Globe Editorial

Scrap ‘municipal relief’ bill — too few savings, too many risks

July 15, 2010

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BY THE time the so-called “municipal relief’’ bill limped out of a legislative conference committee this week, proposals that might have helped cities and towns cut costs had been weakened almost to the point of irrelevance — while some destructive provisions survived. At this point, the best option is to scrap the bill. The Senate should vote it down.

The most important thing the Legislature can do to help cities and towns is to give them more control over the design of employee health plans. But efforts to do so went nowhere in the face of stiff union opposition.

Meanwhile, nothing else in the bill will produce a significant, long-term reduction in municipal costs. Some measures might be modestly helpful: Cities and towns could, for instance, join together to operate regional property-assessment offices. But such provisions won’t save much money right away.

Other provisions are bad news. The bill would let cities and towns delay some costs by extending the deadline to pay off unfunded debt obligations. Most public-employee pension systems don’t have enough money stashed away for the benefits that they’ve promised, and under current law they have until 2030 to catch up. The municipal relief bill would extend the deadline for a full 10 years.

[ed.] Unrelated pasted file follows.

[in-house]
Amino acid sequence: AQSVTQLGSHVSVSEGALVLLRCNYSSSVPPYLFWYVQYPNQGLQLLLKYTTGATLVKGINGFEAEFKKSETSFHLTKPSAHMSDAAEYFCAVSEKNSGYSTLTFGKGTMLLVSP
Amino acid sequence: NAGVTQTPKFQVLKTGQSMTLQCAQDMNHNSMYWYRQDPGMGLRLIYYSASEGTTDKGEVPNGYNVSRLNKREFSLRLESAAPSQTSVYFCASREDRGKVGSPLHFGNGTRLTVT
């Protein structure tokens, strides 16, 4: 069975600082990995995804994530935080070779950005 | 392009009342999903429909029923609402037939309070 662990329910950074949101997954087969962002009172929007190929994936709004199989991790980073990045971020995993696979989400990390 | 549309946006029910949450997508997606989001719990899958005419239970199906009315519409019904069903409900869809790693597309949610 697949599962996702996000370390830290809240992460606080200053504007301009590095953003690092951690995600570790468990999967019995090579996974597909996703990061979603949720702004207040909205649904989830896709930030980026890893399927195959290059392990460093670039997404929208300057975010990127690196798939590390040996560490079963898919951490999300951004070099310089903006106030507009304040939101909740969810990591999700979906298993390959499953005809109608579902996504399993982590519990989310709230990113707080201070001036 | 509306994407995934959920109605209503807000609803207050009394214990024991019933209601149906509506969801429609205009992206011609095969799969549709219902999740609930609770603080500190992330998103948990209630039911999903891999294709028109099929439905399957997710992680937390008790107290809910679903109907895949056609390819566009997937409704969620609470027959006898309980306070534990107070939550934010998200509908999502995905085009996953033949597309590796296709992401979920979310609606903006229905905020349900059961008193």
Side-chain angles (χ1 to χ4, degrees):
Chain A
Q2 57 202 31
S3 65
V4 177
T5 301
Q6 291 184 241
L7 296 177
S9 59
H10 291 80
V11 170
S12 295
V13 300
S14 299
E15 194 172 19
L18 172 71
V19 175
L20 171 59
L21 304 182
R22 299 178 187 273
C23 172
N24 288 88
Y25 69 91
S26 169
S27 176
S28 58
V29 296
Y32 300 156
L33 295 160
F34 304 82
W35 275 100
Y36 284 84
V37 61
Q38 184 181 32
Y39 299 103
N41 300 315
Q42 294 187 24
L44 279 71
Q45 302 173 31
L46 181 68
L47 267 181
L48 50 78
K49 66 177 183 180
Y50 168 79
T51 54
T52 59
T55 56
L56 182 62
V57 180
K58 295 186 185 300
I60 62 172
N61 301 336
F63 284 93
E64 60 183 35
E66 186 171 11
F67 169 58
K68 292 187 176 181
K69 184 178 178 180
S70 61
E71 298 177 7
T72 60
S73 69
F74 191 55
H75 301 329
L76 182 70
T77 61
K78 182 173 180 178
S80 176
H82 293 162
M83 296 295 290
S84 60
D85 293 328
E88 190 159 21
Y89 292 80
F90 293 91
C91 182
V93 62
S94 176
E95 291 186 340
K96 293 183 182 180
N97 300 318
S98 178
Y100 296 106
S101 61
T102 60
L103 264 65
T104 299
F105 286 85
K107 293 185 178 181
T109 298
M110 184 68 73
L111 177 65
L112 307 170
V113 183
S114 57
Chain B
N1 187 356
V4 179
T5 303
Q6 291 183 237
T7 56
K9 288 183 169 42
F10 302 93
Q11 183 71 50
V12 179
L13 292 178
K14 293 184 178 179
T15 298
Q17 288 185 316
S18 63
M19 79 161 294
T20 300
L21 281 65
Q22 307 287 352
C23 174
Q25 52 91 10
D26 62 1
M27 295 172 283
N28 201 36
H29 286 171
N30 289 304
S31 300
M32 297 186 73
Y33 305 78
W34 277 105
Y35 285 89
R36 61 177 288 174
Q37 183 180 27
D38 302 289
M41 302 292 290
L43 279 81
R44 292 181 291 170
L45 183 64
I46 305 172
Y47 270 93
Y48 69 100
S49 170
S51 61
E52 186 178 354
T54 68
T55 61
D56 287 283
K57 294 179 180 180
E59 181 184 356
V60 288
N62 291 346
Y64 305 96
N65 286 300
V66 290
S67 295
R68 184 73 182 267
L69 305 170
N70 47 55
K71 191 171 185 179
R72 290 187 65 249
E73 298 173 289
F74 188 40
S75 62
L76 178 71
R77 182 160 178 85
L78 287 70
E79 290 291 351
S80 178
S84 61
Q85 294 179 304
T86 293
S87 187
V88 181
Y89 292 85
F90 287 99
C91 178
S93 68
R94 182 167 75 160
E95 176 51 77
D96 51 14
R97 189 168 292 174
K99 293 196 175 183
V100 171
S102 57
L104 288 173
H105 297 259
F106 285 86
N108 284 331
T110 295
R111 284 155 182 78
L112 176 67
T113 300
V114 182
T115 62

There’s a superficial logic to this change; pension funds have suffered deep losses, and sticking to the existing schedule will require much higher annual payments than once anticipated. But if the Legislature intends to let communities postpone the inevitable, it should at least insist on further reforms. After all, the state has too many pension systems; many municipal employees retire relatively young; the rates of return that most of the state’s pension funds are projecting may not be realistic. Far from fixing these flaws, the municipal relief bill would make the shortfall worse by allowing cities and towns to grant larger cost-of-living increases to pensioners.

Amid an economic downturn, cities and towns are in a jam. But the final bill denies them the tools to reap meaningful savings today, while giving them the option to push off their costs deep into the future. It’s a dangerous combination, and the Senate should reject it.

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